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Daily Current affairs 3 June 2019

UPSC - Daily Current Affair



1.   Make up for lost time   (The Hindu, Page 10)


Prelims: Economy

Mains: GS Paper III – Economy


Indian Economy and issues relating to growth, development and employment.


Context: The article highlights the missteps of the government in the last 5 years and also mentions about key areas which the new government must focus in order to provide inclusive growth.     


  • Demonetisation

  • Abandoning Make in India by 2015

  • poorly designed rollout of the Goods and Services Tax 

  • Problems of the financial sector received little policy attention  

  • Lack of financial reforms  in the last few years

  • Amendment of Constitution to provide reservation to EWS

Renewed Focus of the Government

  • Poor’s access to income-enhancing skills, education,  health and job opportunities must be enhanced.

  • Revival of Make in India plan will boost growth and also provide employment opportunities to millions across the country.

  • Capital intensive refers to business processes or industries that require large amounts of investment to produce a good or service, and therefore have a high percentage of fixed assets (property, plant, and equipment)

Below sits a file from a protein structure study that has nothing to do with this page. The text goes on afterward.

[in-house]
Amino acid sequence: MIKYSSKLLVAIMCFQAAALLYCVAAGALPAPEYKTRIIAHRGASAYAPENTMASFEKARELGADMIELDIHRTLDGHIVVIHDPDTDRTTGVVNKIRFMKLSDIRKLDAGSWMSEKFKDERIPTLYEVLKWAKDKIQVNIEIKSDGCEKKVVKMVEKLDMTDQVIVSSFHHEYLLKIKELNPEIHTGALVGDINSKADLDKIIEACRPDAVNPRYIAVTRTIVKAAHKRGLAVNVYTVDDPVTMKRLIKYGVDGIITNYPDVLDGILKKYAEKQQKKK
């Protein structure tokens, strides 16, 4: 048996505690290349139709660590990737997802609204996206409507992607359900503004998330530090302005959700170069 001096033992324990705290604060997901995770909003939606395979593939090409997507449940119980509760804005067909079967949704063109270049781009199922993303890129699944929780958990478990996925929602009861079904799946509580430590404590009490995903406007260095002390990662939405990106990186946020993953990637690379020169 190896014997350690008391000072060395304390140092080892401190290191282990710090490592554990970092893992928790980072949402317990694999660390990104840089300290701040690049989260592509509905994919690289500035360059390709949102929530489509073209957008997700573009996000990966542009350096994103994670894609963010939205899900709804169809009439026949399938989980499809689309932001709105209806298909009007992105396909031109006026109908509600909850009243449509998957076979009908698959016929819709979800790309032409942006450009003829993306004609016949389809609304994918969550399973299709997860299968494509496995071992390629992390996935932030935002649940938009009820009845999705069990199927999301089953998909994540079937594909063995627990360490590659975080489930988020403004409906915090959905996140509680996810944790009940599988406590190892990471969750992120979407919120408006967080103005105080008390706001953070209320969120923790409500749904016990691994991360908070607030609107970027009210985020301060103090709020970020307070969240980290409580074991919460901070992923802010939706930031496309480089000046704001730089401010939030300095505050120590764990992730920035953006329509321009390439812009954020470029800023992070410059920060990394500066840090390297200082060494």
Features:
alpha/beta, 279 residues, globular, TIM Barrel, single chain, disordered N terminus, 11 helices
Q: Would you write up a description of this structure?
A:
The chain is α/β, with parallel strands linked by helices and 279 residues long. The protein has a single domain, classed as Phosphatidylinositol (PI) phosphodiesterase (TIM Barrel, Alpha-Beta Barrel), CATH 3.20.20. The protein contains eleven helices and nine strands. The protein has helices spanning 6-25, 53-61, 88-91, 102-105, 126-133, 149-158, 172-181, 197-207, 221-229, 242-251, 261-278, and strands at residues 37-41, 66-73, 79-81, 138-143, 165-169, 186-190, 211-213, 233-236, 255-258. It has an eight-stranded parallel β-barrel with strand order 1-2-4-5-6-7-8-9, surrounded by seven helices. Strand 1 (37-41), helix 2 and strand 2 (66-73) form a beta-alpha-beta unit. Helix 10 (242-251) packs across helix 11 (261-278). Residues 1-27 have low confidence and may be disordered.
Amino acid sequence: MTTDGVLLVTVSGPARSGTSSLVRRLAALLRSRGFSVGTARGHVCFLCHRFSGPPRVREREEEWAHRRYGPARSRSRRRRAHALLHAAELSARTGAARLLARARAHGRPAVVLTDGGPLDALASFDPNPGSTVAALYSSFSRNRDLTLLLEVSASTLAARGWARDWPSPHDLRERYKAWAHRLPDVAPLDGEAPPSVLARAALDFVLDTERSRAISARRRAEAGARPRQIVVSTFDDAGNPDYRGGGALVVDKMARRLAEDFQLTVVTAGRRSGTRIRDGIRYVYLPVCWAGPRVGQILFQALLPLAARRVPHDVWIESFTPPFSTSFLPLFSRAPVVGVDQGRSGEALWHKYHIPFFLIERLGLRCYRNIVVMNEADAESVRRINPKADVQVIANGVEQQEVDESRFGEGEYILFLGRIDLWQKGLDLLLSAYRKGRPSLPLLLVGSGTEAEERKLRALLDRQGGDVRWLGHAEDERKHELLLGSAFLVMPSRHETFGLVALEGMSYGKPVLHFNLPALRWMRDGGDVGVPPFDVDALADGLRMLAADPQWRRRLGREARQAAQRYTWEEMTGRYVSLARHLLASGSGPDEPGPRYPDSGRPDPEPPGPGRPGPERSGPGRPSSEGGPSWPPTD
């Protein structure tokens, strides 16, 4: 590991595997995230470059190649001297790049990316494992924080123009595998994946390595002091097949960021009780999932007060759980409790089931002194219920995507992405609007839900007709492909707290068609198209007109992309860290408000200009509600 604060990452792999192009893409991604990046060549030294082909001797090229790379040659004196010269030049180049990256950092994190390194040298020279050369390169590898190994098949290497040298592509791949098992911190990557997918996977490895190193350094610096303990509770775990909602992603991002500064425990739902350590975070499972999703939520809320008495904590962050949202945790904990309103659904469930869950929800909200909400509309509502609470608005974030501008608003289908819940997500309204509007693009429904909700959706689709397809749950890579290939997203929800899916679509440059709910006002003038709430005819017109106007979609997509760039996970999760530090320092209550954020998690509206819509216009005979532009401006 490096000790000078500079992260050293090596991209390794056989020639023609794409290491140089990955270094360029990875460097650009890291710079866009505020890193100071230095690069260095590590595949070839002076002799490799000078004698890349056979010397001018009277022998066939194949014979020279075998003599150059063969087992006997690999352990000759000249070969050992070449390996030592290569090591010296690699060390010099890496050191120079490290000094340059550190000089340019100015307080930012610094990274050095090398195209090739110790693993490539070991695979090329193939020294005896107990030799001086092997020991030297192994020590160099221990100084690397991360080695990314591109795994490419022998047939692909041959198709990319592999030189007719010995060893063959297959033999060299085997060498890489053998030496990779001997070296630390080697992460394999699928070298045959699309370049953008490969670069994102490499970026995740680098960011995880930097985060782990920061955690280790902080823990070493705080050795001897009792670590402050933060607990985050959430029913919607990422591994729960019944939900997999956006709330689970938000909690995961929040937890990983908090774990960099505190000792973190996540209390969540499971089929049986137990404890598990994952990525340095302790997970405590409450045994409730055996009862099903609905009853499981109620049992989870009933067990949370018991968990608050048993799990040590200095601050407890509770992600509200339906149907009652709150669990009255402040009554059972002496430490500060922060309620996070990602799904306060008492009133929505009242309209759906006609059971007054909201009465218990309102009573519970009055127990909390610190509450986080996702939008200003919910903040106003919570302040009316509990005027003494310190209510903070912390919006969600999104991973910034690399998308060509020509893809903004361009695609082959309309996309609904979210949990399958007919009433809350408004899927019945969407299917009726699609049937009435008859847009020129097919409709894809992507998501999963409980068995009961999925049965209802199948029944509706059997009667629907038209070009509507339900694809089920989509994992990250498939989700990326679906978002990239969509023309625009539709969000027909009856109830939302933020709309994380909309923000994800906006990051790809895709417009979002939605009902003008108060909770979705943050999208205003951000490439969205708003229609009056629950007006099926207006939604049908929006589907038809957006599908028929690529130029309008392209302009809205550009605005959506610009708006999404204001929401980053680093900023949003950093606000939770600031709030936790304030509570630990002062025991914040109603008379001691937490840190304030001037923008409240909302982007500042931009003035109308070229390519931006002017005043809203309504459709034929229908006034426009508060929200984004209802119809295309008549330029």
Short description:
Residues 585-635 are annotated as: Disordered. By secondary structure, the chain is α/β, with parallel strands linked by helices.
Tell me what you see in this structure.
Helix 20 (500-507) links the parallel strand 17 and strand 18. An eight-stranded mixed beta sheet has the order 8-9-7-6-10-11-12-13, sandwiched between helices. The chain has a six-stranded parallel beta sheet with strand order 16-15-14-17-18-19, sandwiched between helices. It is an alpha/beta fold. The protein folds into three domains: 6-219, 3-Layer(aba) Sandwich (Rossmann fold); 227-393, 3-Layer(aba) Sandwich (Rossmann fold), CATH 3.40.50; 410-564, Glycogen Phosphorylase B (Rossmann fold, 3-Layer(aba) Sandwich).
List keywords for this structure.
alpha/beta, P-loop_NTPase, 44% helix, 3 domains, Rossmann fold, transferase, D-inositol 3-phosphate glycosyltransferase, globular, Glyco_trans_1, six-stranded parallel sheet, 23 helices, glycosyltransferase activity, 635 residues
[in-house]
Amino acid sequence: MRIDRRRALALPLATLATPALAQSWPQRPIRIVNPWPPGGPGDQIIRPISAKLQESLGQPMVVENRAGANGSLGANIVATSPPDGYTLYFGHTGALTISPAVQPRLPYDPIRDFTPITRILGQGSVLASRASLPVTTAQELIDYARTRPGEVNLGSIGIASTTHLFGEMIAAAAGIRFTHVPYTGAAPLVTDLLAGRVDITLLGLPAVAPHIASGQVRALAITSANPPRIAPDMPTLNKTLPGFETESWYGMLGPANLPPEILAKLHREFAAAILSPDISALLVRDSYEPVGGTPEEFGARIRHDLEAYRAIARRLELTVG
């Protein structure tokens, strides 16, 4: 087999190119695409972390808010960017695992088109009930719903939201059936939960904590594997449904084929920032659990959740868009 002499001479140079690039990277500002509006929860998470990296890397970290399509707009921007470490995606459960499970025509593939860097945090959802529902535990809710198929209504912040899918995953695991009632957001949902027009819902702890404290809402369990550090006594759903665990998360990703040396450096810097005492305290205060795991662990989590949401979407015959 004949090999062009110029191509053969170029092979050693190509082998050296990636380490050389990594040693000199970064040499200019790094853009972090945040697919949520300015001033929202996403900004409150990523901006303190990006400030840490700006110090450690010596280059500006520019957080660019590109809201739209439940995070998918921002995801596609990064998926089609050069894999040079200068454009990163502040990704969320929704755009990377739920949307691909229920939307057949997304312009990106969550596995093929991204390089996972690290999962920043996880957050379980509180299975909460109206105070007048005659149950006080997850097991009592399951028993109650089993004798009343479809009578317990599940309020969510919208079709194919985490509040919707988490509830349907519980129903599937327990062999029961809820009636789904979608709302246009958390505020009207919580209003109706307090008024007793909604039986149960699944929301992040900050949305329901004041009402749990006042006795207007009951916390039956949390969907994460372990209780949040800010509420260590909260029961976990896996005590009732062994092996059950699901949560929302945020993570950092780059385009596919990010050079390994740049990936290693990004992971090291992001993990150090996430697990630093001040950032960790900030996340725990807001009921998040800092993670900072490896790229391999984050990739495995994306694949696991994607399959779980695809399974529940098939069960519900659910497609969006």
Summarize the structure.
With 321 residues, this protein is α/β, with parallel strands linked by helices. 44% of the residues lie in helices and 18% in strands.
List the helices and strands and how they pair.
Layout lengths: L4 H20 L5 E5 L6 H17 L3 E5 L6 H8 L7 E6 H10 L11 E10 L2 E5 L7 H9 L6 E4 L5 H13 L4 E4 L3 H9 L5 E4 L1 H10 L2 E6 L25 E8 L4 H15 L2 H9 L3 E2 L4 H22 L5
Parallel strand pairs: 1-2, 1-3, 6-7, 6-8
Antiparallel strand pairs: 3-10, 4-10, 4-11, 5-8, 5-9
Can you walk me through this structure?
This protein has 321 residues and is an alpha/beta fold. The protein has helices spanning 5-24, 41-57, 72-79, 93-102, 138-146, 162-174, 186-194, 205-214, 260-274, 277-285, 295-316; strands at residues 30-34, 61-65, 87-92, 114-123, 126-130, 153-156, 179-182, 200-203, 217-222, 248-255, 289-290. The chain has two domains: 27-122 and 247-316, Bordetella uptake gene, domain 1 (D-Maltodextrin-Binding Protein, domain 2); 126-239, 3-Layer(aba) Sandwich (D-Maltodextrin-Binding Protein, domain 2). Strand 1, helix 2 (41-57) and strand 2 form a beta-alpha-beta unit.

• If production is made less capital intensive, it will create more organised sector jobs. More organised sector jobs will improve bargaining powers of employees.

  • Thus, there is a need for making industries less capital intensive and bringing labour reforms along with land and financial sector reforms.

  • Government should not provide subsidies or incentives to industrialists or provide cheap loan to investors.

  • Rather, the government must focus vigorously on MSMEs and the government must provide them with easy credit and tax concessions. GST compliance must be made easy for small firms by the government.

  • Concessions provided to MSMEs will not only spur growth of the sector but will improve production and revenue of the government.    

  • The government must also focus on improving the credibility of data collected by the newly created National Statistical Office and also provide clearly for the jurisdictions of National Statistics Commission.     


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2. Just 20% water left in 91 major reservoirs (The Hindu, Page 13)     


Prelims: Polity & Governance  

Mains: GS III – Irrigation systems storage


    Water resource   


Reservoirs are those water bodies formed or modified by human activity for specific purposes, in order to provide a reliable and controllable resource.

Their main uses include:

• drinking and municipal water supply,

• industrial and cooling water supply,